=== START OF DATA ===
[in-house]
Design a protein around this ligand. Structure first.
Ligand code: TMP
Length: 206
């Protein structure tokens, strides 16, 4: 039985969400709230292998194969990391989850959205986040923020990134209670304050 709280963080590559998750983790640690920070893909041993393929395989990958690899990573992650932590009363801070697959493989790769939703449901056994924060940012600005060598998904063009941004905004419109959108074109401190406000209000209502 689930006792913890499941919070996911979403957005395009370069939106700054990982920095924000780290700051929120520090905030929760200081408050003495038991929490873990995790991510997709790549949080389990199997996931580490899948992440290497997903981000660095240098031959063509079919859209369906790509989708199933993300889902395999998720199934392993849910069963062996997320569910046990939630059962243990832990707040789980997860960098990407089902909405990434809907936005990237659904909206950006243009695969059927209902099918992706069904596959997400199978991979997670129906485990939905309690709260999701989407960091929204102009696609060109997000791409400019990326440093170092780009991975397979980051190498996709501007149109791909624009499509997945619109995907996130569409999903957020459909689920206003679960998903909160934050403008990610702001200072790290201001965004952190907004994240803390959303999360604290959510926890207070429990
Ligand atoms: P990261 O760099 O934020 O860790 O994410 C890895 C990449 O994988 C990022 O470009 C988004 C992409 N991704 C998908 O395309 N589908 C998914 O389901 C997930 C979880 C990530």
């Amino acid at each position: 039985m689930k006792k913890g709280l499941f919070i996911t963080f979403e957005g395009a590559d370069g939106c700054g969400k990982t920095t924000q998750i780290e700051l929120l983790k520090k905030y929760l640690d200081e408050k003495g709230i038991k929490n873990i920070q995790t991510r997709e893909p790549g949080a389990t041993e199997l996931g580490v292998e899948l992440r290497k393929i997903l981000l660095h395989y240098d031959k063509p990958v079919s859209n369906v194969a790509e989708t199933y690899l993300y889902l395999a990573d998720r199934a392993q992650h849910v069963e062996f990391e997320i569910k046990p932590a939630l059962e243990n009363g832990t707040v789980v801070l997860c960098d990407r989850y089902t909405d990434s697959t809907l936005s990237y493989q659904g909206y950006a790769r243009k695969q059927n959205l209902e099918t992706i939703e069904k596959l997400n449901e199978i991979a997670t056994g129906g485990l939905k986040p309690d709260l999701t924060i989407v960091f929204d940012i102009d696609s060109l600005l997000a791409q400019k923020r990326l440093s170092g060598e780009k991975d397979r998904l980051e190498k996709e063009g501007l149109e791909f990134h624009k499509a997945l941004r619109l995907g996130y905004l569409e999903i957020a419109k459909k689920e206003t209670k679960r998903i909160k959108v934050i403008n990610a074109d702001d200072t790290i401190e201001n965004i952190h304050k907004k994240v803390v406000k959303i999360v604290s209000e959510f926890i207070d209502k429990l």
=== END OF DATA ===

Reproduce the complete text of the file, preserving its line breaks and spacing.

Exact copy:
[in-house]
Design a protein around this ligand. Structure first.
Ligand code: TMP
Length: 206
């Protein structure tokens, strides 16, 4: 039985969400709230292998194969990391989850959205986040923020990134209670304050 709280963080590559998750983790640690920070893909041993393929395989990958690899990573992650932590009363801070697959493989790769939703449901056994924060940012600005060598998904063009941004905004419109959108074109401190406000209000209502 689930006792913890499941919070996911979403957005395009370069939106700054990982920095924000780290700051929120520090905030929760200081408050003495038991929490873990995790991510997709790549949080389990199997996931580490899948992440290497997903981000660095240098031959063509079919859209369906790509989708199933993300889902395999998720199934392993849910069963062996997320569910046990939630059962243990832990707040789980997860960098990407089902909405990434809907936005990237659904909206950006243009695969059927209902099918992706069904596959997400199978991979997670129906485990939905309690709260999701989407960091929204102009696609060109997000791409400019990326440093170092780009991975397979980051190498996709501007149109791909624009499509997945619109995907996130569409999903957020459909689920206003679960998903909160934050403008990610702001200072790290201001965004952190907004994240803390959303999360604290959510926890207070429990
Ligand atoms: P990261 O760099 O934020 O860790 O994410 C890895 C990449 O994988 C990022 O470009 C988004 C992409 N991704 C998908 O395309 N589908 C998914 O389901 C997930 C979880 C990530």
């Amino acid at each position: 039985m689930k006792k913890g709280l499941f919070i996911t963080f979403e957005g395009a590559d370069g939106c700054g969400k990982t920095t924000q998750i780290e700051l929120l983790k520090k905030y929760l640690d200081e408050k003495g709230i038991k929490n873990i920070q995790t991510r997709e893909p790549g949080a389990t041993e199997l996931g580490v292998e899948l992440r290497k393929i997903l981000l660095h395989y240098d031959k063509p990958v079919s859209n369906v194969a790509e989708t199933y690899l993300y889902l395999a990573d998720r199934a392993q992650h849910v069963e062996f990391e997320i569910k046990p932590a939630l059962e243990n009363g832990t707040v789980v801070l997860c960098d990407r989850y089902t909405d990434s697959t809907l936005s990237y493989q659904g909206y950006a790769r243009k695969q059927n959205l209902e099918t992706i939703e069904k596959l997400n449901e199978i991979a997670t056994g129906g485990l939905k986040p309690d709260l999701t924060i989407v960091f929204d940012i102009d696609s060109l600005l997000a791409q400019k923020r990326l440093s170092g060598e780009k991975d397979r998904l980051e190498k996709e063009g501007l149109e791909f990134h624009k499509a997945l941004r619109l995907g996130y905004l569409e999903i957020a419109k459909k689920e206003t209670k679960r998903i909160k959108v934050i403008n990610a074109d702001d200072t790290i401190e201001n965004i952190h304050k907004k994240v803390v406000k959303i999360v604290s209000e959510f926890i207070d209502k429990l």